Soreness in the knee after physical activity is not a good indicator and can be a symptom of an ACL injury. More specific points of pain to look out for would be indicators such as:

  • An audible pop sound or feeling in the knee
  • Decrease in range of motion
  • Inability to bear weight on the knee
  • Trouble walking
  • Severe swelling in the knee within a few hours of the initial injury
  • Instability in the knee

If any of these symptoms relate to a knee injury that you are dealing with, don’t wait. Schedule an appointment immediately

What to do if You’ve Suffered an ACL Injury

There are precautions and steps to take to ensure the injury doesn’t progress and that you start a road to recovery that gets you back to 100% so you can continue playing the sport that you love.

First things first, after the impact of the injury, take all bearing weight off the knee. Doing this will help take the tension and pressure off the torn ligament. Using an ace wrap, ice wrap, and a knee immobilizer will also help reduce the swelling and movement of the knee, limiting further damage. Following these steps will help keep you more comfortable until a specialist can reach a diagnosis.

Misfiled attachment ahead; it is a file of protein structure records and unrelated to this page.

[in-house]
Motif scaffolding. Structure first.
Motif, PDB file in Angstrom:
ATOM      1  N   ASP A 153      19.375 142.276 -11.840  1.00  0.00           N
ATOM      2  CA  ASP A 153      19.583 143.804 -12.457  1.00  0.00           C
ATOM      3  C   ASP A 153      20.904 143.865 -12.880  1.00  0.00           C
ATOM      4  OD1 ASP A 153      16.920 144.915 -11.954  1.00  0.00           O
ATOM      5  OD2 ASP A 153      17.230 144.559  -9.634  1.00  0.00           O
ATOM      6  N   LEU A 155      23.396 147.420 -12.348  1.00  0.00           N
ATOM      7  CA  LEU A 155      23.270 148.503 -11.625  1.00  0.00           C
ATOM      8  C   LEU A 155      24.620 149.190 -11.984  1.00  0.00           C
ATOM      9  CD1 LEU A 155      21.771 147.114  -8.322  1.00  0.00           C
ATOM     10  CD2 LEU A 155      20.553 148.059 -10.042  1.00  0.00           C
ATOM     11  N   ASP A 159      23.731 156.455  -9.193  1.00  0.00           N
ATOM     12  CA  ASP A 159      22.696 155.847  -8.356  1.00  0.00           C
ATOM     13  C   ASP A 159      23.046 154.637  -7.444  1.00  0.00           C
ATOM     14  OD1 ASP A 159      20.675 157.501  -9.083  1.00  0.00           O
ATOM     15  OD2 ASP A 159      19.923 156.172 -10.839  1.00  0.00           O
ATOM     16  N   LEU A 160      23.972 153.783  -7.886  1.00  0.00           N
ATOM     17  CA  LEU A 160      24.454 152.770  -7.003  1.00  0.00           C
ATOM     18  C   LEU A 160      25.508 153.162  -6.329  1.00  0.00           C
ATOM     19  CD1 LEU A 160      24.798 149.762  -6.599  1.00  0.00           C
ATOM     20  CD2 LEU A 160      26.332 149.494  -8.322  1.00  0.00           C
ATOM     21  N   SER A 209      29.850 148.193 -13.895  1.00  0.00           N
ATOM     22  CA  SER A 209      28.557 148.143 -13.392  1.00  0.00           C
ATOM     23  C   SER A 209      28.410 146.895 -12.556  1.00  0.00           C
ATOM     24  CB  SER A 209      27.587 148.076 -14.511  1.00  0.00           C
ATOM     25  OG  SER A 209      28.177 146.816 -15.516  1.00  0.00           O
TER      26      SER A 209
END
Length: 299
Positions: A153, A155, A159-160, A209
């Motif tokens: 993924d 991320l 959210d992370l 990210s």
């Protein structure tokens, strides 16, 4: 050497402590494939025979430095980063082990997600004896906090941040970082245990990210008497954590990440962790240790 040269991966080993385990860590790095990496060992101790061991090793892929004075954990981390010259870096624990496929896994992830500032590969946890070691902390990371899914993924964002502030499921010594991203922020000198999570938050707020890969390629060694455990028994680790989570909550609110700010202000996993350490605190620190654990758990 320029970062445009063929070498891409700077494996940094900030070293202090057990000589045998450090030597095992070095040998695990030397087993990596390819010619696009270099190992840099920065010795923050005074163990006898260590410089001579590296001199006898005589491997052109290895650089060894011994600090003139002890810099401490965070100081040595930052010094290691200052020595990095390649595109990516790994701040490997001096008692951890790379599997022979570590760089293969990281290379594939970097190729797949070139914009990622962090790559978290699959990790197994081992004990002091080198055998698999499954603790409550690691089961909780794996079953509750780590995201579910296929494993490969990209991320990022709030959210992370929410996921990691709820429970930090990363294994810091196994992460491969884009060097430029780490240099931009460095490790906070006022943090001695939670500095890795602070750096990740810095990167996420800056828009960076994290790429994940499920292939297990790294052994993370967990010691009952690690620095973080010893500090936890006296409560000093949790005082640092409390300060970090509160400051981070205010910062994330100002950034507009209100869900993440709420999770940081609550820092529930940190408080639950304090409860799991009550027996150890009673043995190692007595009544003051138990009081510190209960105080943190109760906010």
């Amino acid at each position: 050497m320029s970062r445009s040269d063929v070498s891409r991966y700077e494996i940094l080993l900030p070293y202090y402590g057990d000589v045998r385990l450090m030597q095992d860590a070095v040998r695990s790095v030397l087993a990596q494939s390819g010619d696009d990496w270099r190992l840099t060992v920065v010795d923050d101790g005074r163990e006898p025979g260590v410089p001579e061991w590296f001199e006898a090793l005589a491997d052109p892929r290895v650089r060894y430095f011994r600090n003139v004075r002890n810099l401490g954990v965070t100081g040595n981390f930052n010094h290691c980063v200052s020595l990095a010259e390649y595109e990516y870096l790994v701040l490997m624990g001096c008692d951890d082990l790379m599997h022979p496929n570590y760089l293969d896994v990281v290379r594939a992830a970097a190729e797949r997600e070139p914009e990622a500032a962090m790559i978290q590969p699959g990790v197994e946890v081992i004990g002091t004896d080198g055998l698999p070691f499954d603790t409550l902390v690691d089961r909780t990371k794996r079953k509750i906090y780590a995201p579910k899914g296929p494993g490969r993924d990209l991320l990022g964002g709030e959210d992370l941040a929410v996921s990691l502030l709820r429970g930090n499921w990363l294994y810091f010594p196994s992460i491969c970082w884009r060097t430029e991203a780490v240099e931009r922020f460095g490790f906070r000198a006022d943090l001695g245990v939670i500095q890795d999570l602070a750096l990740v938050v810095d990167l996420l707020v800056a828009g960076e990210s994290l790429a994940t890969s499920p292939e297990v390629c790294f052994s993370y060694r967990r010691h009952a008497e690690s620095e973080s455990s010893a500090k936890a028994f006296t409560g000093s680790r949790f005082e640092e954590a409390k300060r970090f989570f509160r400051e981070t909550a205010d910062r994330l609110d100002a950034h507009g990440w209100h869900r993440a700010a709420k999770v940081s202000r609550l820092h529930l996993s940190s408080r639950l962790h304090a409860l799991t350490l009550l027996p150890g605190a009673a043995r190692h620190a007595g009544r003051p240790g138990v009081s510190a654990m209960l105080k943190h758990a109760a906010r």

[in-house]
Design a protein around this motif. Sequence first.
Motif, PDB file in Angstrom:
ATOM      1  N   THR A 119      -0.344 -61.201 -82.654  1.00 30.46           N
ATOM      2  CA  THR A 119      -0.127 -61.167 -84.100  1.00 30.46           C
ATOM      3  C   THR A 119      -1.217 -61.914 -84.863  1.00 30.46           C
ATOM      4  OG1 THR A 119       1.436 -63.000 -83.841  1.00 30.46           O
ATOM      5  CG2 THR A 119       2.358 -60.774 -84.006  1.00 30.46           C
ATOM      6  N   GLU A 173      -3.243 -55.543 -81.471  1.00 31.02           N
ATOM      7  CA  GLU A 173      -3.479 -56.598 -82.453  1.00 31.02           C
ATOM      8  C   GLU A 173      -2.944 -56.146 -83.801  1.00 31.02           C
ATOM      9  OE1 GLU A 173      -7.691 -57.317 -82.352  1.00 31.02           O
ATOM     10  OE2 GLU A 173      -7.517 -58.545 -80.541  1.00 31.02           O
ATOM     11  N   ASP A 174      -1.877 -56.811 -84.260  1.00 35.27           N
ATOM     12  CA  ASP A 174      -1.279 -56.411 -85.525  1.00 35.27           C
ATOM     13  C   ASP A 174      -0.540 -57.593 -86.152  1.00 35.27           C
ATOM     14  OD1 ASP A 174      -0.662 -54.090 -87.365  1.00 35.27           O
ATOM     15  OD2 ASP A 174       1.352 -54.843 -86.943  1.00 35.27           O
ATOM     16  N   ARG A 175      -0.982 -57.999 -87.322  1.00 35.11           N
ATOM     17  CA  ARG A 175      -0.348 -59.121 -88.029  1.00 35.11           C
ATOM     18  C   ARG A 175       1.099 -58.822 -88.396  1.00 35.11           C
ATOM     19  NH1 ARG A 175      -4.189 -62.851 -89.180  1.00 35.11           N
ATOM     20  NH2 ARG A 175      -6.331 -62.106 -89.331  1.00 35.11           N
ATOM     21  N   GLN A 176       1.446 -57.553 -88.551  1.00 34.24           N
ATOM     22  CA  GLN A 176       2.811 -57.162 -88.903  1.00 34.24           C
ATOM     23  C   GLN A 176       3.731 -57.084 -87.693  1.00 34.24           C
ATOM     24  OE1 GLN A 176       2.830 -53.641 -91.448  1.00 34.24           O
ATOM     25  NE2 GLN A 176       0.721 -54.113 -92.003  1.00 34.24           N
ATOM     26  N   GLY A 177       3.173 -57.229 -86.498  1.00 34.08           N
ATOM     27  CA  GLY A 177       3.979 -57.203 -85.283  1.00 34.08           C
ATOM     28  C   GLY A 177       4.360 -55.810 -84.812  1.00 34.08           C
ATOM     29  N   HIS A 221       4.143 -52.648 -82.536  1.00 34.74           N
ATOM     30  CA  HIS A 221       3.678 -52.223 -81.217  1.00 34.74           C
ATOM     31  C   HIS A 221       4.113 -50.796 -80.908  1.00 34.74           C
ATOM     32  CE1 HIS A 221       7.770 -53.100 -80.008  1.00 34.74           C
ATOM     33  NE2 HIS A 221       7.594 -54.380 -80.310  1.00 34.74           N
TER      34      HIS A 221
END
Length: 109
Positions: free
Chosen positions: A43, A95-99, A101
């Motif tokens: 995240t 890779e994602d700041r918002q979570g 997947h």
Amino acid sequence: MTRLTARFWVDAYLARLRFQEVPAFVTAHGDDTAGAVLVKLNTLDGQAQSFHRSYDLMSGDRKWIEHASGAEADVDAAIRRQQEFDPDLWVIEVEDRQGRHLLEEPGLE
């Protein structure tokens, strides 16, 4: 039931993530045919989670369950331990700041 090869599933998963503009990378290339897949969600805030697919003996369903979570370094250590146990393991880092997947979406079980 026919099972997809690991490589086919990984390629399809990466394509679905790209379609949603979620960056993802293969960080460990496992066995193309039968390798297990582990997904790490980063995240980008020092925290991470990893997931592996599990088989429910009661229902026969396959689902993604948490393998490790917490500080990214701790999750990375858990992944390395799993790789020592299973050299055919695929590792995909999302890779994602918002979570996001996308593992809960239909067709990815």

Reminder: Only a medical professional can truly determine the source of your pain. Do not self-diagnose your injury without consulting with a specialist.

How Medical Professionals Determine if You Have an ACL Injury

One of the most common ways a medical professional can determine if you have suffered an injury to your ACL is through the Lachman test. This test induces stress on the ACL. It conducts movement of the shin bone, and the feel of the endpoint (How solid the ligament feels) offers additional information about the condition of the ACL. Knees with a damaged or torn ACL may demonstrate more movement and a less firm endpoint during the Lachman test.

How to Treat an ACL Injury

Treatment to repair a torn ACL is highly individualized. Some patients will have to have their torn ACL repaired through surgery, while others can use non-surgical methods such as physical therapy.  Treating an ACL Injury depends on the severity of the injury, and the performance levels reached prior to the injury.